- Also around that time, the North Vietnamese Communist Joint General Staff received the attack plan of Pleime-Pleiku drafted by B3 Field Front and gave order to 304th Division Highlands to make preparation to get ready to enter Western Highlands to reinforce 320th Regiment and 33rd Regiment. Since the order given to 304th Division to be ready within 2 months, and the march down to the South required at least 2 months, one can assume that the plan had chosen December 1965 or January 1966 to be month M to start the Pleime-Pleiku campaign.
- In learning the American troops would be present in Western Highlands by end of September, on August 18, while the on-going training program was not yet completed, the Joint General Staff ordered the forward group of 304th Division to depart, and a week afterward came the turn of the entire 66th Regiment, as the battlefield situation demanded, without waiting for the two remaining regiments of the division, the 24th and the 9th, to be ready. The consequence was that instead of a complete division, only a division minus was dispatched. The plan of the campaign was to encircle camp Pleime with 320th Regiment, to destroy the ARVN relief task force with 33rd Regiment, to invade camp Pleime with 320th Regiment and 33rd Regiment. The belated 66th Regiment would participate in phase 3 of the campaign, and would joint force with 320th Regiment and 33rd Regiment to conquer Pleiku.
- By mid September, the ship Rose desembarked the first units of US 1st Air Cavalry at Quinhon. They prepared to be transported to An Khe beginning Octobre.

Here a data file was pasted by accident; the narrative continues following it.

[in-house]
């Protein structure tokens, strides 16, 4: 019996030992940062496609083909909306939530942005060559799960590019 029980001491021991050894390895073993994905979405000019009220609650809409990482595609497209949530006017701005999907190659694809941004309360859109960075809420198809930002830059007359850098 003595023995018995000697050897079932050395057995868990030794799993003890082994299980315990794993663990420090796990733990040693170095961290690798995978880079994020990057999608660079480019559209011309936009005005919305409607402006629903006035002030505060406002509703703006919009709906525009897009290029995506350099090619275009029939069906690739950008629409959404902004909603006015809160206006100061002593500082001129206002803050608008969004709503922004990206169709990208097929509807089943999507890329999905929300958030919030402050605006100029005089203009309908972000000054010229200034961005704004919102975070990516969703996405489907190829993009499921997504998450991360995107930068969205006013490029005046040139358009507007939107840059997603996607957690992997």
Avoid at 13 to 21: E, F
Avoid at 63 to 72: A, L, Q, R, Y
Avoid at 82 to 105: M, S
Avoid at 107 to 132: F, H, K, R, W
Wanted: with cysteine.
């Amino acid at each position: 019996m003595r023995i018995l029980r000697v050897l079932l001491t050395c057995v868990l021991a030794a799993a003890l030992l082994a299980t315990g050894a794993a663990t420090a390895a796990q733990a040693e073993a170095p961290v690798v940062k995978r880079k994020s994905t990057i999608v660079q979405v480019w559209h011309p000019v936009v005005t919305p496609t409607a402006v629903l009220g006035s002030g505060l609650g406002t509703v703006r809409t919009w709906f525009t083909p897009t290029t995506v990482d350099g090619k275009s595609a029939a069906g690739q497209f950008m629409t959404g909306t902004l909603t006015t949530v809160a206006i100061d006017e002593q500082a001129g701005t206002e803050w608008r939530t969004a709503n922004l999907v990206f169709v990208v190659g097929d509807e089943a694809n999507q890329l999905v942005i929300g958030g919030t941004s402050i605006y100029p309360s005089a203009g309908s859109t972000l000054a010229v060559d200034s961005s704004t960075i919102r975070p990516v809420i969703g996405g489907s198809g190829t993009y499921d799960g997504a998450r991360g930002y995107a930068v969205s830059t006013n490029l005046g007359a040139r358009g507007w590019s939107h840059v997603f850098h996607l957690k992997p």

- Early October, B3 Field Front Command received the approval from the Joint General Staff of the Pleime campaign's plan.
- On October 19, B3 Field Front Command decided to start the Pleime campaign ahead of time as planned by ordering the attack on Pleime camp, while the American troops of US 1st Air Cavalry newly arrived at camp An Khe were not ready for combat, although the main force of 66th Regiment would not be present at the battlefield until November 1.
- On October 20, the forward group of 304th division arrived at B3 Field Front Command Post and received the order to make preparation so that when the 66th Regiment arrive late at the battlefield, they would be ready to engage the American troops at once. 304th Division minus Command studied a tactic using bayonets and selected 300 elite troops to be trained in this newly thought tactic.
- On October 22, II Corps Command after getting an intelligence's report indicating that there were only two NVA regiments, 320th and 33rd, in the Pleime area, decided to assemble a relief task force to rescue camp Pleime and requested that the Americans provided one brigade to substitute the ARVN units in charge of defending Pleiku, and an artillery unit to support the relief task force on its way to camp Pleime.
- In the morning of October 23, one infantry battalion and one artillery unit of US 1st Air Cavalry landed in Pleiku.
- By noon of October 23, 22nd Ranger Battalion was helilifted at a landing zone 2 kilometers and a half south of the ambush site set by NVA 33rd Regiment, while the relief task force composed of 1st Infantry Battalion, belonging to 42nd Regiment and 3rd Armored Squadron belonging to II Corps rolled out of Pleiku.
- By 6:00 pm on October 23, the relief column made contact with NVA 33rd Regiment at the ambush site, and the fighting lasted until the evening of October 25.
- In the evening of October 25, the relief task force entered the liberated camp Pleime. The two NVA regiments, 320th and 33rd, withdrew to Chu Pong Massif. The Pleime campaign ended.
- On October 26, a conference was held at II Corps TOC with the presence of US advisors and unit commanders. II Corps Command decided to exploit the results of the first phase and to pursue the enemy. This decision was fully concurred by the US military authorities and an agreement was reached to establish a close cooperation in operational activities. The US 1st Air Cavalry would be the main effort with the Long Reach Operation and the ARVN Airborne Brigade would act as reserve, ready to participate on Corps order.
- On October 31, the Americans started the search and destroy operation with a first drop at Plei Ia Prieng, Quynh Kla and Ia Mo stream.